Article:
I have never heard before that the warming stopped. If so, why are the glaciers still disappearing? Why are the polar bears at risk? I've seen plenty of pictures in publications like "National Geographic" and "Smithsonian". The farther north you go the more this is noticeable. People in St. Louis can still pretend climate change isn't so.
TeddyPendergrass November 05, 2012 at 04:12 AM
The Patch shouldn't even ask this question. It's an overwhelmingly a scientific consensus with what is going on with climate change. Only in the U.S., where journalists in the 1990s presented this issue as a two-sided debate (good journalism presents both sides of the story) do we still have ignorant mofos that deny this issue is real. Climate change doesn't directly affect us here like it does other countries. It's too difficult to explain to an American that their SUV caused Hurricane Katrina and the Maldives to disappear. Listen, if carbon dioxide had a color and filled up our sky -- we would've solved the problem by now. Remember acid rain? Solved....
dan November 05, 2012 at 04:31 PM
More civility, please. I understand that many feel it is "ignorant" to deny the vast data, but I don't think that persuades anyone by saying it. Similarly, even if you despise Al Gore, defaming a former vice-president and Nobel winner as a liar who will make "trillions" without evidence of such motivation or fact also is not very persuasive to anyone. For me, there is speculation and and there is science. Both have uncertainty but one is based on philosphy and one based on data. I believe in God, but have no data to prove it. However, I do not let belief divert me to ignore medical science. Is denying or promoting climate change in economic interests of oil industry and green industries? Yes. Now that we understand that the incentive for bias is clearly on both sides, claiming bias seems not to be very helpful. CREDIBLE evidence seems to be the reasonable means to answer a scientific question. I have seen abundant credible evidence of climate change over the last century, not just the last 10 years, from credible sources, and have seen almost no evidence to the contrary except from sources without scientific credibility. I recognize others genuinely believe that the green industries, Al Gore and others are conspiring against us, but if they are they are doing a terrible job - they lost the 2000 election, saw tax subsidies for oil research increase in 2005, and still have no climate legisation.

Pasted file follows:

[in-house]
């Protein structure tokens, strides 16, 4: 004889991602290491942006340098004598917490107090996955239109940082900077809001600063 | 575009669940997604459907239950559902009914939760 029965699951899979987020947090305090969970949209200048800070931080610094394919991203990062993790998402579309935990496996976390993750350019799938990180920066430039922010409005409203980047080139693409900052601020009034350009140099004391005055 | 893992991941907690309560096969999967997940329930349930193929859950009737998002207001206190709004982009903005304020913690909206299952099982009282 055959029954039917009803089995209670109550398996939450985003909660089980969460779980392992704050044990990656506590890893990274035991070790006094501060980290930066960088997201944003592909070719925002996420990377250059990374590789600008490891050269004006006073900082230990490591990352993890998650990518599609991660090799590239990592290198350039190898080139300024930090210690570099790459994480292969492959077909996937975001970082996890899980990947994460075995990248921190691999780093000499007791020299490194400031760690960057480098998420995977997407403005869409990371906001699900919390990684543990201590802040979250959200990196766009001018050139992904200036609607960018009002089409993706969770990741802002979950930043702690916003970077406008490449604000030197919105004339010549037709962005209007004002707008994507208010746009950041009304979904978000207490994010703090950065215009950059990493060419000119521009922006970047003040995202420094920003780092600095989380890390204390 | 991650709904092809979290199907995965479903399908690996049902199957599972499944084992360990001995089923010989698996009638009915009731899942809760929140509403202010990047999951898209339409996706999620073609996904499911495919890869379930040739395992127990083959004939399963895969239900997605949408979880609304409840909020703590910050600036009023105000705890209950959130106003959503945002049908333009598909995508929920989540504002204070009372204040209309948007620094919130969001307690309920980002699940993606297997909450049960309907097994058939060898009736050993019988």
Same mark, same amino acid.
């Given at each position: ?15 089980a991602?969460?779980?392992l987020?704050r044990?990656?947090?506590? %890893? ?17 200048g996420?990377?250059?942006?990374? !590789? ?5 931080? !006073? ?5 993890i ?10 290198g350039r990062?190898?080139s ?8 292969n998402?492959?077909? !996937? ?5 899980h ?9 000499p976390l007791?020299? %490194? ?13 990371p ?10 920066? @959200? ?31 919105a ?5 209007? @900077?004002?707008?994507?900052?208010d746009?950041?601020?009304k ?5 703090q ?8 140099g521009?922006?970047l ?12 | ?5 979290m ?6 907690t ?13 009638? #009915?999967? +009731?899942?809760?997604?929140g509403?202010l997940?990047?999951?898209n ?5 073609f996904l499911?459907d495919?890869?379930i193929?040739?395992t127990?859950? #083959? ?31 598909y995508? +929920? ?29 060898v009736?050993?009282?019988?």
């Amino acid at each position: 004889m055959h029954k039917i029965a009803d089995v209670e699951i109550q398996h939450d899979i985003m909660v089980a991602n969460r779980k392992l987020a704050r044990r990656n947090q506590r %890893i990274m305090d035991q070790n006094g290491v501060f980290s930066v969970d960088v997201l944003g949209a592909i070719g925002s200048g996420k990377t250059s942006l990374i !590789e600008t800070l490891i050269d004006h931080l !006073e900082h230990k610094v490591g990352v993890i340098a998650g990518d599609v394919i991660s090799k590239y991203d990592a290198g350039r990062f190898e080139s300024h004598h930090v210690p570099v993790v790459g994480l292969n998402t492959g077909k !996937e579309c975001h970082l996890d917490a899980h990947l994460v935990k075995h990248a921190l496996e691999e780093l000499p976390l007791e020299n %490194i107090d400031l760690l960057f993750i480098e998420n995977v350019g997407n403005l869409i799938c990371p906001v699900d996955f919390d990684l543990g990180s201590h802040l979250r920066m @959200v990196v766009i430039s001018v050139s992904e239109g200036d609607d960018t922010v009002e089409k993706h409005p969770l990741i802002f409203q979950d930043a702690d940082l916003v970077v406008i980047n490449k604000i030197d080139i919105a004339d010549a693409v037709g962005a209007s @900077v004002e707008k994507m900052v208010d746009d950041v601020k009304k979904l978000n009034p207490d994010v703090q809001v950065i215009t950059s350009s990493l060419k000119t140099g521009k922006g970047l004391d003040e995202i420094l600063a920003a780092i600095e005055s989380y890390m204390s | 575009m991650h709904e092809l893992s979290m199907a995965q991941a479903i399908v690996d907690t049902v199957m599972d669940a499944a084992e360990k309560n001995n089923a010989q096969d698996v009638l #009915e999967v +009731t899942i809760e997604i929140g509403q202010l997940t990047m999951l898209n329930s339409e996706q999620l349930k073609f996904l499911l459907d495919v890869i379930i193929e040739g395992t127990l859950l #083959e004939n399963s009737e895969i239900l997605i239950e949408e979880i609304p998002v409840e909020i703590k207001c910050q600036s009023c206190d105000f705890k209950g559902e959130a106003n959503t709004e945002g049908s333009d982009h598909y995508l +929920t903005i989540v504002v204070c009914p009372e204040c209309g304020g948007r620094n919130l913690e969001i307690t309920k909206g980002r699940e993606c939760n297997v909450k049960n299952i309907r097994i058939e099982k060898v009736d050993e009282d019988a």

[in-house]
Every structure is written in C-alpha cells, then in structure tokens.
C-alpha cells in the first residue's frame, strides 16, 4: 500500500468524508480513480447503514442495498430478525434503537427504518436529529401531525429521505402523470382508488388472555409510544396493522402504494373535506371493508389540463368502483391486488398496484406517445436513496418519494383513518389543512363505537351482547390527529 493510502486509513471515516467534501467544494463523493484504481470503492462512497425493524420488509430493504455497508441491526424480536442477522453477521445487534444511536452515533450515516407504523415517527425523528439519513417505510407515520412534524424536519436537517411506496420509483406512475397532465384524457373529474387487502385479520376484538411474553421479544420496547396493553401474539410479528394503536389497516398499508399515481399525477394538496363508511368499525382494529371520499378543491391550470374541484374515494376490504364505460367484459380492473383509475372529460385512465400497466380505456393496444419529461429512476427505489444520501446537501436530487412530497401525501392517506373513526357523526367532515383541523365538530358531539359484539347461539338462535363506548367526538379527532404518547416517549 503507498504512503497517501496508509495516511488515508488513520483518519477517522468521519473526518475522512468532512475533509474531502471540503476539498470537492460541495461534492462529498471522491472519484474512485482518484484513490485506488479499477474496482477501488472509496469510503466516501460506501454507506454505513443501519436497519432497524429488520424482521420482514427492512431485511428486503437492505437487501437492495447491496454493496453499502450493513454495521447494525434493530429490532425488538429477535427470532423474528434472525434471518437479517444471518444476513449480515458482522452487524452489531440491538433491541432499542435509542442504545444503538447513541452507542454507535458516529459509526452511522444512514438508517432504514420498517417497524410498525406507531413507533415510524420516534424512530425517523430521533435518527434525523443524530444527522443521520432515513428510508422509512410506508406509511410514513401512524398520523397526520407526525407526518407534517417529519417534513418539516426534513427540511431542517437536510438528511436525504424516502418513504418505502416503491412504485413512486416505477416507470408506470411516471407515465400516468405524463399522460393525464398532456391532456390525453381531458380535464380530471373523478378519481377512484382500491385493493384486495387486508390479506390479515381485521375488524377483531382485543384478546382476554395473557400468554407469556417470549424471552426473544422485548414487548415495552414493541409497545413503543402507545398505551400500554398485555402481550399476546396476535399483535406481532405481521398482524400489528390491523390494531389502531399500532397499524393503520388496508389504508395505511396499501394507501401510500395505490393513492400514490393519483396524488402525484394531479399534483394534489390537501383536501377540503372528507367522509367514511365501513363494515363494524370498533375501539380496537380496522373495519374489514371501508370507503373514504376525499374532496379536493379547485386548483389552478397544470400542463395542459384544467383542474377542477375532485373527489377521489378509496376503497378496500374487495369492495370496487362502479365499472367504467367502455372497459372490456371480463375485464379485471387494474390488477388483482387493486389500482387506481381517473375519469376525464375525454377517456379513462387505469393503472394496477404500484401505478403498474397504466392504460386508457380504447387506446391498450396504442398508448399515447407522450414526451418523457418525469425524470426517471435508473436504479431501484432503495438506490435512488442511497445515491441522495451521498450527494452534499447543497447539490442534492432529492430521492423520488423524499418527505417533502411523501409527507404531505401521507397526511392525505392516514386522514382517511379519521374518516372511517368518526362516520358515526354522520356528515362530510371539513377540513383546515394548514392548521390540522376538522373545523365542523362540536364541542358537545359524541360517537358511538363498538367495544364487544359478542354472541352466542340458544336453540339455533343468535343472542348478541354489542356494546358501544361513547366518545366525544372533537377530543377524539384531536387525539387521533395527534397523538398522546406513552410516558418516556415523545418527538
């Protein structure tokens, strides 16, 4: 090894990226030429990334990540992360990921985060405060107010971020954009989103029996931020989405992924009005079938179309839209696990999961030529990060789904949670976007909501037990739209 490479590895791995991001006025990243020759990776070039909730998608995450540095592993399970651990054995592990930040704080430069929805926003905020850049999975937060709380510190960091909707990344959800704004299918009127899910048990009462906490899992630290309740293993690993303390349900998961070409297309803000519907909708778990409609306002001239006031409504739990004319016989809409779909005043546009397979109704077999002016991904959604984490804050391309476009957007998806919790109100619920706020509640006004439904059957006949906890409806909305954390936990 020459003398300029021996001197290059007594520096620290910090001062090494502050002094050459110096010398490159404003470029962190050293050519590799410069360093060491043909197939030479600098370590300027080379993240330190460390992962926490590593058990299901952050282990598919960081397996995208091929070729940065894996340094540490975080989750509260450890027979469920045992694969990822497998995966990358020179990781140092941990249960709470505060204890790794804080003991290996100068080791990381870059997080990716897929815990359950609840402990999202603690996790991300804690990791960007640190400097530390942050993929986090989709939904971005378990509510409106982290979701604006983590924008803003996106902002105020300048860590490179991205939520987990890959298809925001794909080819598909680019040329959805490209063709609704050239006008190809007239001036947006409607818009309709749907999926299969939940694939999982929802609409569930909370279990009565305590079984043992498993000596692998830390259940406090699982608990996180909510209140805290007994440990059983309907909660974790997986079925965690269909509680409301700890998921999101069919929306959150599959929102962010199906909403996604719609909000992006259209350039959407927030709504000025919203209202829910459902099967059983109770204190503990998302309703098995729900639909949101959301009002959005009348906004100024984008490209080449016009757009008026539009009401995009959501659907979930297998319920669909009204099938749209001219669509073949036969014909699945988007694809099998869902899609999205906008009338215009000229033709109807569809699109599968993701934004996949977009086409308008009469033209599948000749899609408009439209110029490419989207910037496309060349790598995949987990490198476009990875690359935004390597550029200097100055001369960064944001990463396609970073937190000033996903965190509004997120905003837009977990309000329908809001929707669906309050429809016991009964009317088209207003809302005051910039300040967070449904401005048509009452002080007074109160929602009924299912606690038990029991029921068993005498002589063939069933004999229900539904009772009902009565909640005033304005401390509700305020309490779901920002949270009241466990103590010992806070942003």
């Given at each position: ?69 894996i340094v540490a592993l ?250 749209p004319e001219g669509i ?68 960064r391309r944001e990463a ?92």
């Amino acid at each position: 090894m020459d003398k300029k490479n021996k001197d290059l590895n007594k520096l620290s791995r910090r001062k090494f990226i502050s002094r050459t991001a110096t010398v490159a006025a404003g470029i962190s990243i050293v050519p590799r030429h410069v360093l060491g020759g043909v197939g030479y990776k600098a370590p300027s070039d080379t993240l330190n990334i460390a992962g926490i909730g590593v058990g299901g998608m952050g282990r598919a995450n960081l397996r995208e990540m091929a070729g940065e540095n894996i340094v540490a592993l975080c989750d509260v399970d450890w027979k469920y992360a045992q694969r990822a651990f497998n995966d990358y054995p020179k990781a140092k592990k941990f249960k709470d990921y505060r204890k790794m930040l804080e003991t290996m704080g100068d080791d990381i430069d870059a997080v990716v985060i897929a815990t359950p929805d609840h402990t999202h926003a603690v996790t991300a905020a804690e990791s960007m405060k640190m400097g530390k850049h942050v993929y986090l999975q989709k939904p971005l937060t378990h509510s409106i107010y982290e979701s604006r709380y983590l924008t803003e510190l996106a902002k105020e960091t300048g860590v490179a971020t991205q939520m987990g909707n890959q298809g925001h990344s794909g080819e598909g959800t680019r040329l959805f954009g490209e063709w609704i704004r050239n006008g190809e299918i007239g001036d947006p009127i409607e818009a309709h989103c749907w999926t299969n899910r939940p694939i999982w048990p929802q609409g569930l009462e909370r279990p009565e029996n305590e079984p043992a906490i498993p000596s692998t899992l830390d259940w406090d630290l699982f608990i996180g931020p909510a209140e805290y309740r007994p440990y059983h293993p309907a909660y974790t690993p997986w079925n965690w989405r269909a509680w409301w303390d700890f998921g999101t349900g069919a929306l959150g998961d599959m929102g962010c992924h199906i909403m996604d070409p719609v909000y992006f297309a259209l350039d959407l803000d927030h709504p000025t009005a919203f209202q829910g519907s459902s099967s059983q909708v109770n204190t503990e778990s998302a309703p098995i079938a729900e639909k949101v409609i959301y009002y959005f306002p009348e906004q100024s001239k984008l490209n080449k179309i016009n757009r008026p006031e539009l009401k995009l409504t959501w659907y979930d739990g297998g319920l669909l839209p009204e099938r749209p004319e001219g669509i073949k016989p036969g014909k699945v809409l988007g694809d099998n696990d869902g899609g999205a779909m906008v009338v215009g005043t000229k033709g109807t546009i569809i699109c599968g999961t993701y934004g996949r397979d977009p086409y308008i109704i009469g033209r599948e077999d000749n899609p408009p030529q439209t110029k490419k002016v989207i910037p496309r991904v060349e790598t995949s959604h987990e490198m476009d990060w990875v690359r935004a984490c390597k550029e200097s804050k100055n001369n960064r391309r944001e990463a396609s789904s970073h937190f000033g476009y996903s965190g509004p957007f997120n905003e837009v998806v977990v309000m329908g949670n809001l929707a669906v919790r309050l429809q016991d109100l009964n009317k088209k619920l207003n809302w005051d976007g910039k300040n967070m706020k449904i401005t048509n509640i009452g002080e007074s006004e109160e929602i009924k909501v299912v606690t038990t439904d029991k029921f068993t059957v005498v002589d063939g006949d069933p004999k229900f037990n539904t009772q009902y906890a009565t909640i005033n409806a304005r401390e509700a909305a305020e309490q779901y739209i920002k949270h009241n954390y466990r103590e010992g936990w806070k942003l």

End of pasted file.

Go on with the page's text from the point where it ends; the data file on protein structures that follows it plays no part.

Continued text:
Becca Christensen November 05, 2012 at 11:38 PM
Phil - the answer to your question "How long ago were the north & south poles sporting palm trees & elephants & other tropical flora & fauna?" is, that NEVER happened. Get some valid scientific information before you make judgement calls on scientific ideas.
Becca Christensen November 05, 2012 at 11:43 PM
"Science does not belong to scientist!" - That is the most ridiculous comment on this thread. I don't even... WTF?!